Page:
The 1930-31 season began as the previous one had ended, but on May 3, 1931, Henry Lytton's car overturned while manoeuvring on a rain-slicked road while approaching Cambridge. Lytton was seriously injured and was out for the better part of two months, Green taking all his parts.   Green continued to appear as Cox and the Major (a part he recorded in 1930), but was now designated as Lytton's "deputy" as opposed to "understudy," and in August 1931 was assigned two of the patter roles, General Stanley and Robin Oakapple, as his own. He was also filling in more frequently as Jack Point, though Lytton liked the role and would reclaim it from time to time.

Green assumed the remaining leading patter roles after Lytton's farewell performance in Dublin on June 30, 1934. From June 1935, his roles were now Sir Joseph, General Stanley, Bunthorne, the Lord Chancellor, King Gama in Princess Ida, Ko-Ko (which he recorded in 1936), Robin, Jack Point, and the Duke of Plaza-Toro. In June 1938, and again in June 1939, he finally played John Wellington Wells when The Sorcerer received brief London revivals. He also appeared as Ko-Ko in the 1939 film version of The Mikado.

When World War II intervened in September 1939 Carte shut the Company down. Green didn't wait for the restart, moving on to a starring role in a Noel Gay revue, Lights Up, and, six months later, touring variety halls for a time with Sylvia Cecil in a two-person act, called "Words with Music," which, of course, featured songs from Gilbert & Sullivan. Green was granted a commission in the RAF Voluntary Reserve in April 1941 and served at home and abroad (as an instructor and administrator) until September 1945.

[Text based on Boise University information and other material in the public domain.]

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3.   Gama

Green's Career after Wartime Service

3.   Martyn Green as King Gama in "Princess Ida".  ca 1938Photograph, photographer unknown.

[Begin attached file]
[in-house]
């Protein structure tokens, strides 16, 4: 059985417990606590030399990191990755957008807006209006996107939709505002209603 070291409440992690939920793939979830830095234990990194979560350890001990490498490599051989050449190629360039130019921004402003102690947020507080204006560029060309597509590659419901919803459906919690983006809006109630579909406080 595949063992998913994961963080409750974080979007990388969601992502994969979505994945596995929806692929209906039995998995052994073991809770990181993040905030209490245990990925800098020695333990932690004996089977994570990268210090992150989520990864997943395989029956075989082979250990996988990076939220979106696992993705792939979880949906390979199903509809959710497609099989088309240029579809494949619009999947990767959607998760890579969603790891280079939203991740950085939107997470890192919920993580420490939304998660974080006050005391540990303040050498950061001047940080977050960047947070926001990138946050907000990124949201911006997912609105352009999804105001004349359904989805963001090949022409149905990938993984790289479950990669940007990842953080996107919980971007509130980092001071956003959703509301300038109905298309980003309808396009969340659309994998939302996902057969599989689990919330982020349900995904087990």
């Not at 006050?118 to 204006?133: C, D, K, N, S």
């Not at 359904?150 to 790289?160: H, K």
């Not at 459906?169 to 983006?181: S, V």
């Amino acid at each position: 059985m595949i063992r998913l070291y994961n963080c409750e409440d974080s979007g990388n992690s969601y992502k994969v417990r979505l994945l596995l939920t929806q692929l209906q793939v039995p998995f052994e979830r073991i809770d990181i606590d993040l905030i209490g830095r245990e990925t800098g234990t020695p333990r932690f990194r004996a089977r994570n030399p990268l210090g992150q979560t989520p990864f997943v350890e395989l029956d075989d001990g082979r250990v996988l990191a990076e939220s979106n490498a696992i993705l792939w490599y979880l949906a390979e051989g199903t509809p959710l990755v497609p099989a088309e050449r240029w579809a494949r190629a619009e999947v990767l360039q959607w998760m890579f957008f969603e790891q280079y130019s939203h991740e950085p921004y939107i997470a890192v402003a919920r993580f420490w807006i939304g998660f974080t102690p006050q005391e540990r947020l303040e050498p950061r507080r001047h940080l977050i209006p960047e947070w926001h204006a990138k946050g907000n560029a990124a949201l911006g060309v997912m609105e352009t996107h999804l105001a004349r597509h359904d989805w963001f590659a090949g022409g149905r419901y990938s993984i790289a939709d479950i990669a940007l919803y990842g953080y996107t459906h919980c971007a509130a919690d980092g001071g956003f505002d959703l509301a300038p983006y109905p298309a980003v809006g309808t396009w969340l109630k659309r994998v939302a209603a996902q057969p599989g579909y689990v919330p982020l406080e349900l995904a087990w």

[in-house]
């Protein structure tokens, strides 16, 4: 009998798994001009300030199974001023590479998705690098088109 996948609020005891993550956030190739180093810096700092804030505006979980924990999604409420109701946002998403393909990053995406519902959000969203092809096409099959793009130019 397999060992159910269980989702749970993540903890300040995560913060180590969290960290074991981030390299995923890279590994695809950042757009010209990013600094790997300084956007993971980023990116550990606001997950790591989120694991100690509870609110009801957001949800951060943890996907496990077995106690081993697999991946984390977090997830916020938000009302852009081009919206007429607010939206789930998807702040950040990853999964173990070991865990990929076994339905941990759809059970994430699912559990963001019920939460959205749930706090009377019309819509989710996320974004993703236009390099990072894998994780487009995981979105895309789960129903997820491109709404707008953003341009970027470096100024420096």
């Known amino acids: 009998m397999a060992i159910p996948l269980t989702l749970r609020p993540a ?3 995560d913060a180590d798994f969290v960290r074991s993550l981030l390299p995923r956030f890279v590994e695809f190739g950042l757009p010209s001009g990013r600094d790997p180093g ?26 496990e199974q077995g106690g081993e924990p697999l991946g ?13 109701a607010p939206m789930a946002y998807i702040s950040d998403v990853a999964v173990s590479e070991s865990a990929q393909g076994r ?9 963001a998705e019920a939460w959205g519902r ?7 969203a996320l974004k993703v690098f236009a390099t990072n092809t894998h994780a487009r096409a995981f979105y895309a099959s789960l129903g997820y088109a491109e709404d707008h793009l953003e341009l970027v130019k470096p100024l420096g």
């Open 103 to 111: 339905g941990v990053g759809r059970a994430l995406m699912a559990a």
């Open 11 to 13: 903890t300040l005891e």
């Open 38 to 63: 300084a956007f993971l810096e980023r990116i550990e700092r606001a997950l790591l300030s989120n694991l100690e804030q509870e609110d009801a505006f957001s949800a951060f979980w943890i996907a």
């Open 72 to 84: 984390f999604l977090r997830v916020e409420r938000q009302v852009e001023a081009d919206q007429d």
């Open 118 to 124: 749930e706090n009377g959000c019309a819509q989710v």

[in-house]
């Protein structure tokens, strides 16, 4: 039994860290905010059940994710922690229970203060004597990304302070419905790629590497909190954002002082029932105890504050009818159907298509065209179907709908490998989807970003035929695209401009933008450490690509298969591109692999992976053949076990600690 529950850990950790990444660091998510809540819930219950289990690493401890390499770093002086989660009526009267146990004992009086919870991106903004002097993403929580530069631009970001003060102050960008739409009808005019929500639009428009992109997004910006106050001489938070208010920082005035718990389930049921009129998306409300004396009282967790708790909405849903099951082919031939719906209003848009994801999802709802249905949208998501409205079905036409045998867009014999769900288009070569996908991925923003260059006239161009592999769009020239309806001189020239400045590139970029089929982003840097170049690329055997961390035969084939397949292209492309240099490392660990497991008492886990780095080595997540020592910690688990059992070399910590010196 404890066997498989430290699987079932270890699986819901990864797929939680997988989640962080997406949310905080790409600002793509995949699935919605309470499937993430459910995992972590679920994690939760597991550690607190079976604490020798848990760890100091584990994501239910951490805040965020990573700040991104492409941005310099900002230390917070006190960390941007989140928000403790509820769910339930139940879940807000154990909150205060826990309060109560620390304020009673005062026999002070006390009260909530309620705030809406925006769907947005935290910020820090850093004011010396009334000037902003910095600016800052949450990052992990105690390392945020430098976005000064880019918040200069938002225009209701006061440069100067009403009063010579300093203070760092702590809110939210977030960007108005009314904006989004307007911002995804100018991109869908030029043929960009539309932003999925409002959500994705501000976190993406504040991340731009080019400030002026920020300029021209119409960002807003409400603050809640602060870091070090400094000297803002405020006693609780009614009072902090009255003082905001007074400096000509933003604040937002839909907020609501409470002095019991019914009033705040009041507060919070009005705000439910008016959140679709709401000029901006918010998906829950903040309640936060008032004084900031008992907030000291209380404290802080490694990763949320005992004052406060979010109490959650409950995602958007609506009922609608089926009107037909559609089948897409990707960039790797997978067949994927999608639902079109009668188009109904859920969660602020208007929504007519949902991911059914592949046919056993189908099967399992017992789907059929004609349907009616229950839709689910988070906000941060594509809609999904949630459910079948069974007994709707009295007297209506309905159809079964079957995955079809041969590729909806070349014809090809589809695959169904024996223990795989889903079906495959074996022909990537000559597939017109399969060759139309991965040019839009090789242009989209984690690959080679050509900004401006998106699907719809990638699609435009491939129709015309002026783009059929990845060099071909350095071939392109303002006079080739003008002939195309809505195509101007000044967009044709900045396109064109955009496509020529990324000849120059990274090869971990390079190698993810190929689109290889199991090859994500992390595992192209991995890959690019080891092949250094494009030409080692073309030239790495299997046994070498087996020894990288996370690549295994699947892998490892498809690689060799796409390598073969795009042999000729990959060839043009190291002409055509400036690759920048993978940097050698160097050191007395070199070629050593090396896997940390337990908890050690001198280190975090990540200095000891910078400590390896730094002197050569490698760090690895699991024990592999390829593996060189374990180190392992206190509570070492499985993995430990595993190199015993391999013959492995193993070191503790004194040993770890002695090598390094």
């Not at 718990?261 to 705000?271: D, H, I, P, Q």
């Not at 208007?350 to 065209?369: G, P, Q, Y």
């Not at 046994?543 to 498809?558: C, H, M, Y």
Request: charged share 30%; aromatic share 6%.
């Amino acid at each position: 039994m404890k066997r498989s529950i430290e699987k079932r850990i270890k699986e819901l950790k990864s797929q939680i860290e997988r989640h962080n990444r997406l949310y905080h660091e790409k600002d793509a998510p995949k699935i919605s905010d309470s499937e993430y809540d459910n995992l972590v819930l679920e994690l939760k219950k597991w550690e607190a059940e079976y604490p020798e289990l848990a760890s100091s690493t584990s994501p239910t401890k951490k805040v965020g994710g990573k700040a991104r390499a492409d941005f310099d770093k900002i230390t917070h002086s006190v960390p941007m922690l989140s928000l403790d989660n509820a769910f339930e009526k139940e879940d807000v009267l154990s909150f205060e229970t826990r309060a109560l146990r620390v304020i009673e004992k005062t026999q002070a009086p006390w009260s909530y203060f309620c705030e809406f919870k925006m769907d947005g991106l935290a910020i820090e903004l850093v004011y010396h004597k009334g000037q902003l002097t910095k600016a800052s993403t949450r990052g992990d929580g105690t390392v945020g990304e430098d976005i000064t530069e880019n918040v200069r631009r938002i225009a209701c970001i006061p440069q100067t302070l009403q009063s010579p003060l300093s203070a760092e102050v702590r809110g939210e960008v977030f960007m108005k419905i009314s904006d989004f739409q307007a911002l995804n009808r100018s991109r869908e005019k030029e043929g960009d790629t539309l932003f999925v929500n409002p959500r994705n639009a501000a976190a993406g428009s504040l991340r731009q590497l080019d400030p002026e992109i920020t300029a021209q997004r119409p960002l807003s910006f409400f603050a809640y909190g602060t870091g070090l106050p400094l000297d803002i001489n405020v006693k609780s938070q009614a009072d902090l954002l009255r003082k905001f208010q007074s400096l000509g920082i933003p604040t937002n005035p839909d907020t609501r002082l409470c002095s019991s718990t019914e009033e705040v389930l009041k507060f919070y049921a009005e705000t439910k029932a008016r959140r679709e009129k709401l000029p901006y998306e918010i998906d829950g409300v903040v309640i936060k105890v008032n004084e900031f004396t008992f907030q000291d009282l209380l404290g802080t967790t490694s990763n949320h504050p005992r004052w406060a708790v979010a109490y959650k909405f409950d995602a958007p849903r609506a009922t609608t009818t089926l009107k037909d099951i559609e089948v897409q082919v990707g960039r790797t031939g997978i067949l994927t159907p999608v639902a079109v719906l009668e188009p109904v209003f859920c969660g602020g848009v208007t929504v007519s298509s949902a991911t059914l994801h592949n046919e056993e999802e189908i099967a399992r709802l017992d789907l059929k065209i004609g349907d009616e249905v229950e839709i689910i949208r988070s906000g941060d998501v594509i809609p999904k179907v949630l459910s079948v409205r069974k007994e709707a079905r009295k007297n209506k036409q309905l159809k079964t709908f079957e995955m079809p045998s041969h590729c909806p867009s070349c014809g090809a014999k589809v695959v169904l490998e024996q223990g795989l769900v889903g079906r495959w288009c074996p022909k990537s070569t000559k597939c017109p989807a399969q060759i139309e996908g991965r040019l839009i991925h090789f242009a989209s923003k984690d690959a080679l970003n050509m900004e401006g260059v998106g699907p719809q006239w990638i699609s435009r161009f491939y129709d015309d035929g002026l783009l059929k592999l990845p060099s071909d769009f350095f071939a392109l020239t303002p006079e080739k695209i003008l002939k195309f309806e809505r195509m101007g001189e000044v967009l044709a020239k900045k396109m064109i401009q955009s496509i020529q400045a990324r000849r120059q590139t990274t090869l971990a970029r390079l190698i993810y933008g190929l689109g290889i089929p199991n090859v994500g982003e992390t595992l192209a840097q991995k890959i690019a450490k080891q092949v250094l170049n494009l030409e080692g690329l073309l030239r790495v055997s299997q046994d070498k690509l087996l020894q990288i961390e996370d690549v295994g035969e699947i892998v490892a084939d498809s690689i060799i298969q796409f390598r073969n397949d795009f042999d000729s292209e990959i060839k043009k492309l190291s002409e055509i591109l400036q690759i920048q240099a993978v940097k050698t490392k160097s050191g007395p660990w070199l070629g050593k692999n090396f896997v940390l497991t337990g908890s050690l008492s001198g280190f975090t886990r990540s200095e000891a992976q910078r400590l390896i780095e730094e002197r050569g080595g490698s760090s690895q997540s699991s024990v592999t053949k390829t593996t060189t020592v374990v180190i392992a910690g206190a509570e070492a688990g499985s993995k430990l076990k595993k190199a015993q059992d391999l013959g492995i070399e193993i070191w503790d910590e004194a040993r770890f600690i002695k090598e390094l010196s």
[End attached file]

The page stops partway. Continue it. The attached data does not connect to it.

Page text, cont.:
Green returned to the D'Oyly Carte as principal comedian in September 1946. He played all the traditional roles for five seasons, recording most of them (Sir Joseph and General Stanley, 1949; Ko-Ko, Robin, Point, and the Duke, 1950, and Lord Chancellor and Bunthorne, 1951). After retiring from the Company in August 1951, Green was engaged to appear as George Grossmith in the film The Story of Gilbert and Sullivan (filmed in the summer of 1952, but released in 1953). He then left for America, along with Ella Halman and Radley Flynn, to perform Gilbert & Sullivan for S. M. Chartrock. He remained in America where he continued his career in musicals, legitimate plays, television, and films.

In 1959 Green's left leg was crushed in a garage elevator, and had to be amputated below the knee. Eight months later, equipped with a prosthetic limb, he was performing as W. S. Gilbert in the musical Knights of Song in St. Louis.

In 1960 he also directed Groucho Marx (not to mention Helen Traubel, Stanley Holloway and Robert Rounseville) in a remarkable Bell Telephone Hour television condensed production of The Mikado. He continued to appear on Broadway, and worked with touring companies and in summer stock for the rest of his life.  His last stage appearance was in Chicago in December 1974 in a play called The Sea. He returned to his Hollywood home and was shortly hospitalised. He died of a blood infection on February 8, 1975.

Martyn Green wrote two books:an autobiography, "Here's a How-de-do" in 1952, and an annotated songbook, "Martyn Green's Treasury of Gilbert & Sullivan" (New York, Simon & Schuster) in 1961.

[Text based on Boise University information and other material in the public domain.]

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Anecdotes